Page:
Location: Fruit and Vegetable Insect Research
Project Number: 2092-22000-021-03
Start Date: Jun 01, 2014
End Date: May 31, 2017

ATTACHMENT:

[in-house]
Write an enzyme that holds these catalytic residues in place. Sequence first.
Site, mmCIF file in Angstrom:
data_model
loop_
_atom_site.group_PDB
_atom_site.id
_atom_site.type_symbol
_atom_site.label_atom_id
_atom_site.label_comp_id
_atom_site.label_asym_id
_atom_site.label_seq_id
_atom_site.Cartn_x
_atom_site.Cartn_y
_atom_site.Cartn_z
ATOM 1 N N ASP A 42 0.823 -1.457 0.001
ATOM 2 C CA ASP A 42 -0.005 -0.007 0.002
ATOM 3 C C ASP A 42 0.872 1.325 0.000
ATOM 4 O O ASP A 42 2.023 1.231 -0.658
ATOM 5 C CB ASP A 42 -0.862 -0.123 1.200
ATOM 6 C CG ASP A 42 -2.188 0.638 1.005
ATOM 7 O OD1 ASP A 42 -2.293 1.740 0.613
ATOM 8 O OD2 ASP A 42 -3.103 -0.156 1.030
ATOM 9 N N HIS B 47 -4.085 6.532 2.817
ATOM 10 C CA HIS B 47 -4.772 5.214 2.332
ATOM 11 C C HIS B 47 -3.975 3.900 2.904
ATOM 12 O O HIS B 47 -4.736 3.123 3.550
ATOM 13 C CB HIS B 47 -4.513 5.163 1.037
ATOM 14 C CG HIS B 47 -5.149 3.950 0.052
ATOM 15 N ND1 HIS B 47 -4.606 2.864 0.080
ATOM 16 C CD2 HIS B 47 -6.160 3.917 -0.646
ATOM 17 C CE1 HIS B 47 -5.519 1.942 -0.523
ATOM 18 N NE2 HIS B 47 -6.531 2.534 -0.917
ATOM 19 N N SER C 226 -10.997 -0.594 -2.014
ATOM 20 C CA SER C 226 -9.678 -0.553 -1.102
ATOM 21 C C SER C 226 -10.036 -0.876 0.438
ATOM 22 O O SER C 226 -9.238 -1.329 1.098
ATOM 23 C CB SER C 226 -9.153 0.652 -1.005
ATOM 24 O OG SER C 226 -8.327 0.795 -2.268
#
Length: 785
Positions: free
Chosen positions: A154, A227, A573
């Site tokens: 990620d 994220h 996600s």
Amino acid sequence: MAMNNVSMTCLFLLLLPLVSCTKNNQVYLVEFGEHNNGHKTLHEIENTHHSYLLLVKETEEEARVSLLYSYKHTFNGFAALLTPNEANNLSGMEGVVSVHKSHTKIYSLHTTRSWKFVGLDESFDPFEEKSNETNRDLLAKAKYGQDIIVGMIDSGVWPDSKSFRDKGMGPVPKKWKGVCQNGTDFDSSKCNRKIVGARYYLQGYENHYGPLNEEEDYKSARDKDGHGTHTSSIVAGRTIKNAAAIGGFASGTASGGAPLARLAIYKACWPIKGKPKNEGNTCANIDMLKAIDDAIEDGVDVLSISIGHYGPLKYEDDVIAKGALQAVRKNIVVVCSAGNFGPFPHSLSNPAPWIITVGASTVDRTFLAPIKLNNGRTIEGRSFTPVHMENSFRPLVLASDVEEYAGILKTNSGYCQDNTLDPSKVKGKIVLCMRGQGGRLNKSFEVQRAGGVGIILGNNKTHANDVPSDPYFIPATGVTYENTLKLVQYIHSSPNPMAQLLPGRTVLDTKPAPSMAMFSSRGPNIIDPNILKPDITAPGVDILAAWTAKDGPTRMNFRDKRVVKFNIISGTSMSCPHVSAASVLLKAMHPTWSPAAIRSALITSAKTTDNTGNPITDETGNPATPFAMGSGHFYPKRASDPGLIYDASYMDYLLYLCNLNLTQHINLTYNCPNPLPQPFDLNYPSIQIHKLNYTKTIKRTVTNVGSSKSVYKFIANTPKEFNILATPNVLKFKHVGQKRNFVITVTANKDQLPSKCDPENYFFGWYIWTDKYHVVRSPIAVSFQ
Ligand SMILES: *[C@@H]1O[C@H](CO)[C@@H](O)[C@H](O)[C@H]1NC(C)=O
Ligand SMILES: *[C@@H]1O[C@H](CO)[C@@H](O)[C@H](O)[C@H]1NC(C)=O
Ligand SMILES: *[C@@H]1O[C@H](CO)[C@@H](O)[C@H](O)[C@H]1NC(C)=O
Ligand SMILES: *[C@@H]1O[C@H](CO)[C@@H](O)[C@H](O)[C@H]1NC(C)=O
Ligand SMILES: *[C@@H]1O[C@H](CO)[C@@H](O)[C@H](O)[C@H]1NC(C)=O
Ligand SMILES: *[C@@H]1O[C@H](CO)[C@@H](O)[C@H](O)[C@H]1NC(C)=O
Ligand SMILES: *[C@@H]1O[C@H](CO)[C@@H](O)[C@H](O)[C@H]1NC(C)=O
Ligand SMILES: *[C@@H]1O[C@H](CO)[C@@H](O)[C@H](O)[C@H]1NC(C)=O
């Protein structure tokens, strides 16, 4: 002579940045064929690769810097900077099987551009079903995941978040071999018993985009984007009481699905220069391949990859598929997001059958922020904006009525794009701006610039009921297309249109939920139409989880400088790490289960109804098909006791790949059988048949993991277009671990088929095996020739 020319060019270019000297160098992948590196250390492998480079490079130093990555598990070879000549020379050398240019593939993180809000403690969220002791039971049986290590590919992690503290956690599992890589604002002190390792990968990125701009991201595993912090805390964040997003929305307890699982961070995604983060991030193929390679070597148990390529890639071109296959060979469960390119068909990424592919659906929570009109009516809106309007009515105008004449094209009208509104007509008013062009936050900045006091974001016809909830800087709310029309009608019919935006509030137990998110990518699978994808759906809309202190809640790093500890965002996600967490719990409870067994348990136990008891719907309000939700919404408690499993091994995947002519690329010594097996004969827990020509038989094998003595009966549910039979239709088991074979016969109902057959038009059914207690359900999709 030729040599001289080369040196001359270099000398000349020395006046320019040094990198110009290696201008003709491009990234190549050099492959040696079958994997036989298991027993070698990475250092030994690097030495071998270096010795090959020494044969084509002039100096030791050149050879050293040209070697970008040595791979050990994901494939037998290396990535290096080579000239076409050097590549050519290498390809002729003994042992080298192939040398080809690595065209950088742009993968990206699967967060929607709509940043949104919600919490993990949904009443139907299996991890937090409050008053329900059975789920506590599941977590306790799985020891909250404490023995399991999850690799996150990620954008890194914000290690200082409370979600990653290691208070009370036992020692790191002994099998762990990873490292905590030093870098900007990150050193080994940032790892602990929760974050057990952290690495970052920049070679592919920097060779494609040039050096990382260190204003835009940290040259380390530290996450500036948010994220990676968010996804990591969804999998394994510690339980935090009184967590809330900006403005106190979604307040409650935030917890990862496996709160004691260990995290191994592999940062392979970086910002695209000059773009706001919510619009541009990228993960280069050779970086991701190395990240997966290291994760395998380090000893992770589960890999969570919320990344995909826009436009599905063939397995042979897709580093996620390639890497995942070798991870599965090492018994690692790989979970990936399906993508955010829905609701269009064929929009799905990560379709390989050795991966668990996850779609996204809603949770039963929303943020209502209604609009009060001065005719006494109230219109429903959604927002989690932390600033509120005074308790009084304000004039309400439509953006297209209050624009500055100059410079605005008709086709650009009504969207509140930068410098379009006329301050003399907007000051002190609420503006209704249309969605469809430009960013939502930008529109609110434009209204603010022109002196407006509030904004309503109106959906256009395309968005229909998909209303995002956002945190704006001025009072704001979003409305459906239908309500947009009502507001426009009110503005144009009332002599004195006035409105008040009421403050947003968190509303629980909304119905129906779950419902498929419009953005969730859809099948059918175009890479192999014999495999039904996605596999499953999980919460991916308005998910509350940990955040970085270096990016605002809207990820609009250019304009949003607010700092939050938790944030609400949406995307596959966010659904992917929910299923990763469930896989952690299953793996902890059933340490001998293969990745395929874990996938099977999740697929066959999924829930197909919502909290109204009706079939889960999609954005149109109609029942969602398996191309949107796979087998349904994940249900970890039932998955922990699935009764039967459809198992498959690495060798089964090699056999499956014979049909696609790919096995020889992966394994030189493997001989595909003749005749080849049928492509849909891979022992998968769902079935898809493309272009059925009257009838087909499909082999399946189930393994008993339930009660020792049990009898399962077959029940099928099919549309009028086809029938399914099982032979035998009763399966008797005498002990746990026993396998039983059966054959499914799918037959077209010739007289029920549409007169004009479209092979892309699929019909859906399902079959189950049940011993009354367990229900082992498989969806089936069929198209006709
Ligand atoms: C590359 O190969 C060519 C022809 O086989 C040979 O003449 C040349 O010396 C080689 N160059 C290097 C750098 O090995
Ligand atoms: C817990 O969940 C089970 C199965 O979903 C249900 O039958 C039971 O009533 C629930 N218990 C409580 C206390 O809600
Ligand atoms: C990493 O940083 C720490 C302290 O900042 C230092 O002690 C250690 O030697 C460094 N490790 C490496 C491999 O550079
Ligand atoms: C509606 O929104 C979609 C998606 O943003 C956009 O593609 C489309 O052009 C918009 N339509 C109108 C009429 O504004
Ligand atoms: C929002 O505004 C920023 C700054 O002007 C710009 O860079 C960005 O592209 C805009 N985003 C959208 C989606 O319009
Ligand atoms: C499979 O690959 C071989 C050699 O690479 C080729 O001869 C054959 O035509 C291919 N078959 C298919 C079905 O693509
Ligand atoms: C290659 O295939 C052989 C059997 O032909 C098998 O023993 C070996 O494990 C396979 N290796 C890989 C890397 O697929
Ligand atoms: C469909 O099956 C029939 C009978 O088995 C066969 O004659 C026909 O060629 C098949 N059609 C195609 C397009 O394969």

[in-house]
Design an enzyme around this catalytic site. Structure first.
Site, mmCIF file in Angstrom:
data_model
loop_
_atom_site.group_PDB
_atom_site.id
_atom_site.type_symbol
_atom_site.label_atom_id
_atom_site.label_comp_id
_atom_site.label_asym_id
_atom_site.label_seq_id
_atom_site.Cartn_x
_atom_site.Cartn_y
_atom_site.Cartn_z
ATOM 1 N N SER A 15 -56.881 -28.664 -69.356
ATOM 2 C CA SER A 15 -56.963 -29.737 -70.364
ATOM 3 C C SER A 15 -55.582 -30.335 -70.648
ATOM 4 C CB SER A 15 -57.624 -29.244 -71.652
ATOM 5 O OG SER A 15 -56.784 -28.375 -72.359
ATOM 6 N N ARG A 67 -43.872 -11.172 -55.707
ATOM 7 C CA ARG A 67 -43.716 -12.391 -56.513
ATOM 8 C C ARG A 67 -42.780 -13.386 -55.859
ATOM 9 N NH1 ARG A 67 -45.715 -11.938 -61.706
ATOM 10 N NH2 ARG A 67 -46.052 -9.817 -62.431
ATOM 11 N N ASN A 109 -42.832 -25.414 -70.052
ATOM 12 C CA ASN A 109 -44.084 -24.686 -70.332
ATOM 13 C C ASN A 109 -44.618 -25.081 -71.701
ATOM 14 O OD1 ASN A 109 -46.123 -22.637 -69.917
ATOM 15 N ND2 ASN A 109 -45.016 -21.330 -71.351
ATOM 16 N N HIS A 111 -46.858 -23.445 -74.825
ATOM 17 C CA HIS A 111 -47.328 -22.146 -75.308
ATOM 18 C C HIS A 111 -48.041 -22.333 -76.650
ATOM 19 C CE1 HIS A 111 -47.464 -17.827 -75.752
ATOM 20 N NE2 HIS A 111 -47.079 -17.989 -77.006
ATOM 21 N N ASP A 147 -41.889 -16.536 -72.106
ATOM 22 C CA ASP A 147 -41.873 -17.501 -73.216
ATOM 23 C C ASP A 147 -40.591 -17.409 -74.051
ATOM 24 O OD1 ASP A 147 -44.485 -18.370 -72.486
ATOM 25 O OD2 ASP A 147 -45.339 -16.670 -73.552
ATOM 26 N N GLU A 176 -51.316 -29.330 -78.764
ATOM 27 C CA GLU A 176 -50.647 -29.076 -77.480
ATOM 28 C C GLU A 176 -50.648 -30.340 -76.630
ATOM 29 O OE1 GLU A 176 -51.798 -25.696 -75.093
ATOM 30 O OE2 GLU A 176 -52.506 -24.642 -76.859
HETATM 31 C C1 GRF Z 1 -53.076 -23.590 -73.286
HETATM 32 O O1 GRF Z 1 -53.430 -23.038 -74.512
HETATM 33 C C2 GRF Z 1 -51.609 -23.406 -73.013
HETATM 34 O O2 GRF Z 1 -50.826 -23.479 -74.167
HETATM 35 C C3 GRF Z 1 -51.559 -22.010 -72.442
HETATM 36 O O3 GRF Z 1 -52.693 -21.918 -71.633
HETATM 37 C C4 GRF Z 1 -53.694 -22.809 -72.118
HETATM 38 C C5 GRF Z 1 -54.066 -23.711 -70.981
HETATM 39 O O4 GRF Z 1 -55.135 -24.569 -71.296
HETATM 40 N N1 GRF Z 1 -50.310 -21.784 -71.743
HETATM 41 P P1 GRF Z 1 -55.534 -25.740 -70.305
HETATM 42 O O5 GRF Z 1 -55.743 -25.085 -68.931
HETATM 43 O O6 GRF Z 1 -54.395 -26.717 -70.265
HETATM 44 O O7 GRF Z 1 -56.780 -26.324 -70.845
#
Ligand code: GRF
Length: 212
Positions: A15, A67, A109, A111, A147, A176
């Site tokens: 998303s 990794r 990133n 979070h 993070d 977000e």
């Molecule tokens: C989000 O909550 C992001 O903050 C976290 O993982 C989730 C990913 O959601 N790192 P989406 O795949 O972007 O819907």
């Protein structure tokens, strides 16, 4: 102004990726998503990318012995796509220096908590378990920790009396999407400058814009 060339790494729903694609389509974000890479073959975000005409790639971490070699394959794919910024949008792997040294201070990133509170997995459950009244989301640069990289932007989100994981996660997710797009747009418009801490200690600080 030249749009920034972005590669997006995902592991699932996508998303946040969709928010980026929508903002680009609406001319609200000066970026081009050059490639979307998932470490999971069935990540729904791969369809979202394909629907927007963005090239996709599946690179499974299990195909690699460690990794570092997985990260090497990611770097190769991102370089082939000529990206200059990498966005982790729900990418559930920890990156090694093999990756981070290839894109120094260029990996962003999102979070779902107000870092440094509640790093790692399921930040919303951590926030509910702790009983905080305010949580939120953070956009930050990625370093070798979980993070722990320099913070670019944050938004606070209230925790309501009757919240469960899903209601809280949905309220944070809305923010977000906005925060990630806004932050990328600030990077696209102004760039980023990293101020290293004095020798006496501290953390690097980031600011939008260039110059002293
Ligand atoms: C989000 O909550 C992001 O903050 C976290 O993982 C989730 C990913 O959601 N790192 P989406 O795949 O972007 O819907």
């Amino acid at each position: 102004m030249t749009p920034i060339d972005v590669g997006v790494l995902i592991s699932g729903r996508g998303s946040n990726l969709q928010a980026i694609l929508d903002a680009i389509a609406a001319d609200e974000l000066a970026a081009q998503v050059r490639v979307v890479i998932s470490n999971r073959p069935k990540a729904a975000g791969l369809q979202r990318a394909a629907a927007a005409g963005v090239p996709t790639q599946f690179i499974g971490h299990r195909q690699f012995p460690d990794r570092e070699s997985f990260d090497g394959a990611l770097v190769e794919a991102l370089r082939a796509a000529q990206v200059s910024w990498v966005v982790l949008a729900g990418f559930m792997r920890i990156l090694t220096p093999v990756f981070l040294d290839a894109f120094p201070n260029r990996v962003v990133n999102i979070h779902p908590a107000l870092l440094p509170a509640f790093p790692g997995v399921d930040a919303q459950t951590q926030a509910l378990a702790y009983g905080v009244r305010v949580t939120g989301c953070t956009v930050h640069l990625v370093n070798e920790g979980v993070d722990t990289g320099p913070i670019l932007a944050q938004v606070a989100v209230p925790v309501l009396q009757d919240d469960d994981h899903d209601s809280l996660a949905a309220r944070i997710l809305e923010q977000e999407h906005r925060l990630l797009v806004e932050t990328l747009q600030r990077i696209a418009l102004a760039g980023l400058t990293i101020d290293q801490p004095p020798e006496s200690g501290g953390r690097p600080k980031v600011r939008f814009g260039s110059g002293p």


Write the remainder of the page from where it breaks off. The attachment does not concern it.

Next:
We propose a strategy for controlling both psyllids and the ZC-causing bacteria (Lso) that they vector, based on vulnerability to chitinases and antibiotics produced and secreted by most Streptomyces species. Streptomyces produce chitinase that could degrade the insect exoskeleton and the insect peritrophic membrane required for insect digestion, both of which are made of chitin. Streptomyces species are also major sources of numerous antibiotics that could be bacteriostatic or bacteriocidal to Lso harbored in the insect’s digestive system. Our objective is to determine whether Streptomyces isolates producing both chitinase and antibiotics can provide control for Bactericera and/or Lso, and hence ZC, by incubating the insects treated with selected Streptomyces strains and introducing them into growing potato plants. Objective 1 (Wanner). Spores of 3 Streptomyces isolates with high and 2 with modest chitinase activity that produce one or more antibiotics will be prepared in MD and shipped to Texas AgriLife in Weslaco, TX (Henne Lab). A different set of 5 Streptomyces isolates will be prepared and shipped to USDA-ARS Wapato in WA (Munyaneza lab) for use in Objectives 2 and 3. Objective 2 (Munyaneza, Henne). A membrane feeding technique described by Abernathy (1991) will be used to introduce Streptomyces into potato psyllids; the field cage assays will be conducted at USDA-ARS Wapato and at Texas AgriLife Weslaco. Following Streptomyces acquisition, the Lso-infected psyllids will be transferred onto caged healthy potato plants (cultivar Atlantic), 3 psyllids/plant under field conditions will consist of caged plants exposed to psyllids from Lso-infected colonies without exposure to Streptomyces. Caged plants without psyllids will be used as negative controls. Each treatment will be replicated 3 times (cages). Psyllids will be introduced to plants at tuber initiation (ca. 4-5 weeks after sprouting). The plants in the cages will be monitored for aboveground ZC symptoms. At harvest, tubers will be collected from each plant, and ZC incidence and severity will be estimated (Munyaneza et al. 2007a, b). Tubers will also be tested by PCR to confirm Lso infection and titer, and to confirm presence of the Streptomyces strains. Objective 3 (Munyaneza, Henne). To assess effects of Streptomyces on survival of potato psyllids, Lso-infected psyllids will be allowed to acquire Streptomyces as described above. Following acquisition, 50 psyllids will be individually transferred to potato cuttings/whole leaves inserted into water-filled vials. Fifty additional Lso-infected psyllids not exposed to Streptomyces but fed with 5% sucrose will be kept individually and used as controls. Psyllids will be maintained in the laboratory at 28°C, checked daily for mortality, with survival tabulated at harvest. Potato foliage will be replaced as needed. Results will demonstrate the potential of Streptomyces as a biocontrol agent against ZC in caged field studies; this may provide a new and potentially sustainable method for mitigating Zebra Chip. If successful, larger scale experiments will be devised for field trials.